In a recent survey of senior marketing people, 73 per cent declared that earned media is more effective than paid media.
Furthermore, eight out of ten Chief Marketing Officers rate earned media more effective or as effective as paid media.
Those are the latest figures from public relations and earned media software company, Cision, in their whitepaper looking at the changing media landscape.
‘A better way to measure the value of earned media’ highlights the value of monitoring your earned media and measuring its results.
Distinct from advertising, earned media is publicity that’s achieved through creative and clever promotion, communication or engagement. So, what makes earned media so important?
Having a third party share your content has real credibility. Of course, your company website is going to say how great you are or that your widget is the best, but someone else professing that for you provides true validation.
But, the whitepaper claims, earned media remains a largely unrealised opportunity for communicators. Press and media coverage, case studies, social media and speaking opportunities can all drive towards overall business objectives.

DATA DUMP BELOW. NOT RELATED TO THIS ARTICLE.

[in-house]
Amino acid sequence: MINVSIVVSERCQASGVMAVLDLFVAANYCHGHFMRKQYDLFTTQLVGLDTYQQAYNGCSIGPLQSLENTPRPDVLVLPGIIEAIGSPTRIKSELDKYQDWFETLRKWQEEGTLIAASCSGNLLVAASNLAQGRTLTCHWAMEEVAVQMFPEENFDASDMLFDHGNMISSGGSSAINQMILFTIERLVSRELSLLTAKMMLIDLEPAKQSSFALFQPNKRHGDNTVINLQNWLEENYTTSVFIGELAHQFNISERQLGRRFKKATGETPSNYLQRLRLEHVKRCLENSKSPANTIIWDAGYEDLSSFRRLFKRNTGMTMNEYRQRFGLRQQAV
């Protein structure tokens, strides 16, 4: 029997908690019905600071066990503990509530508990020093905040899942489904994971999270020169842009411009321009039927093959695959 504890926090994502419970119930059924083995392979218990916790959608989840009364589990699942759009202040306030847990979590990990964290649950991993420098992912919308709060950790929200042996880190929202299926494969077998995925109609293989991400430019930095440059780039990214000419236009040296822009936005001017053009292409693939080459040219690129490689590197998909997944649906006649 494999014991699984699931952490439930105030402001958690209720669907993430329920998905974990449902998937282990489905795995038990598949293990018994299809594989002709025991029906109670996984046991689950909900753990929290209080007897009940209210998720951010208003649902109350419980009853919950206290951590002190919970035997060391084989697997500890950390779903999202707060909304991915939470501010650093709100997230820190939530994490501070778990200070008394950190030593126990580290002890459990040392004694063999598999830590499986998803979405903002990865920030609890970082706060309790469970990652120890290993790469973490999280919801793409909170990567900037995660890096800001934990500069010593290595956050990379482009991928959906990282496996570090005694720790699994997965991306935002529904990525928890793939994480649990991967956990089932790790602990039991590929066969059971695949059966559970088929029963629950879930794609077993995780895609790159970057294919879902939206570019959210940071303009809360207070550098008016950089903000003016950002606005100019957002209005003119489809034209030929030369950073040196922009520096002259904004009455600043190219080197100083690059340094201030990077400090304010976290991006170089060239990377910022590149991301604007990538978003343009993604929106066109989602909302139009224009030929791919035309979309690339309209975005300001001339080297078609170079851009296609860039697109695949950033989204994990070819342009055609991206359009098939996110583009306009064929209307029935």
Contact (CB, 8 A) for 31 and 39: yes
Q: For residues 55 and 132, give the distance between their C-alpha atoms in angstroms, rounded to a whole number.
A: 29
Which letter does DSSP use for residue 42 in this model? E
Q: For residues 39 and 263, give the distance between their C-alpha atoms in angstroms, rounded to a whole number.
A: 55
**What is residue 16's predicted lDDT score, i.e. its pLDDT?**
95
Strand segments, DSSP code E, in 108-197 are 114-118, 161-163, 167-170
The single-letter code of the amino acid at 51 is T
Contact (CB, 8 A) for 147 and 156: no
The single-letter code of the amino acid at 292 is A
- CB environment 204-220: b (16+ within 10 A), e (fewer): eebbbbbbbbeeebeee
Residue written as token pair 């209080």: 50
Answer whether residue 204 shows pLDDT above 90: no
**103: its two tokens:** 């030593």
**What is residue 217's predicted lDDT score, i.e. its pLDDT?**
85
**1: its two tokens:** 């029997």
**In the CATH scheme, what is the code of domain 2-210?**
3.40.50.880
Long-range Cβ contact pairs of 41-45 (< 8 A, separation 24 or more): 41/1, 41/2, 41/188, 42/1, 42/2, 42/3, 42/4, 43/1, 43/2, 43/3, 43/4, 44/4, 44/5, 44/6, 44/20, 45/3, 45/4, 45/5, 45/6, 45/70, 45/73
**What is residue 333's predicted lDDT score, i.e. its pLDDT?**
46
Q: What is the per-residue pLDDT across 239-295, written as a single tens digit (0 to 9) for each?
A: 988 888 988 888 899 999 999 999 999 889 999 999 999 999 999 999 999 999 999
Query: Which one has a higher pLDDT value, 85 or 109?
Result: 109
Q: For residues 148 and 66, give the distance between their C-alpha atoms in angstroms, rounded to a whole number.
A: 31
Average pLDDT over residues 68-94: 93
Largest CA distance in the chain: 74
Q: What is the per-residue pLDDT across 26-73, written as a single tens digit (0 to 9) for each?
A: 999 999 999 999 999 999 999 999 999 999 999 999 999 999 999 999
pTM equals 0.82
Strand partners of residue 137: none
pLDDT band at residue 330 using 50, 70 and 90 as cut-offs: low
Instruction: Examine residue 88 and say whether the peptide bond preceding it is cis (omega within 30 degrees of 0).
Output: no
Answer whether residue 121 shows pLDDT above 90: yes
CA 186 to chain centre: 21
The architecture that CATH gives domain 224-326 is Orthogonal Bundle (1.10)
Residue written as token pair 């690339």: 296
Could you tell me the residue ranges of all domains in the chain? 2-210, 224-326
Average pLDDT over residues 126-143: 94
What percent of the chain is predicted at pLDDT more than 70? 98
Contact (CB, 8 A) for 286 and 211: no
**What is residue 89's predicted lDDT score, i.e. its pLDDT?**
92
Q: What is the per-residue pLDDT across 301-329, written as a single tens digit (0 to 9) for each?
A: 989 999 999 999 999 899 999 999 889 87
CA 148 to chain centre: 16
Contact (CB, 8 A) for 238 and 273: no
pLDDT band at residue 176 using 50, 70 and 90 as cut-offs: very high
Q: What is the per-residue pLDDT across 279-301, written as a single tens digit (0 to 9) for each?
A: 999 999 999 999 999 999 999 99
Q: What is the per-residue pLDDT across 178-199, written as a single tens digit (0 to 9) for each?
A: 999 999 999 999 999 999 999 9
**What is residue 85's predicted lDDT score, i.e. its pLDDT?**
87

Perhaps the claims that earned media is underutilised is linked to the difficulty in measuring its value. Even the mention of AVEs (advertising value equivalents) in PR circles will get you shunned and the industry is yet to truly agree one effective and definitive measurement process.
Simply tracking the amount of coverage online or in print isn’t enough.
“Ad agencies don’t boast about the number of billboards or TV ad slots they get their clients’ content featured on. So, your comms team shouldn’t hold up the volume of coverage it secures as a measure of its success,” explained Cision.
The value of measuring content is vast. How do you know if your work has been worthwhile if you haven’t tracked it? How can you say if your messages have reached target audiences if you haven’t monitored it? How can you prove you’re supporting your client or organisation without looking at this data?
Short answer is: you can’t.
You need to be asking yourselves ‘what does this piece of coverage mean for the business?’ Does it drive people to the website to browse for widgets? Does it address a reputational issue and change people’s opinions? Does it share your key messages?
This is why it’s essential that you have a detailed and integrated communications strategy in place, that has clear goals and objectives to allow you to measure the level of success.
If you’d like to discuss developing a strategic communications plan for your organisation, call the team on 01392 466733 or email us.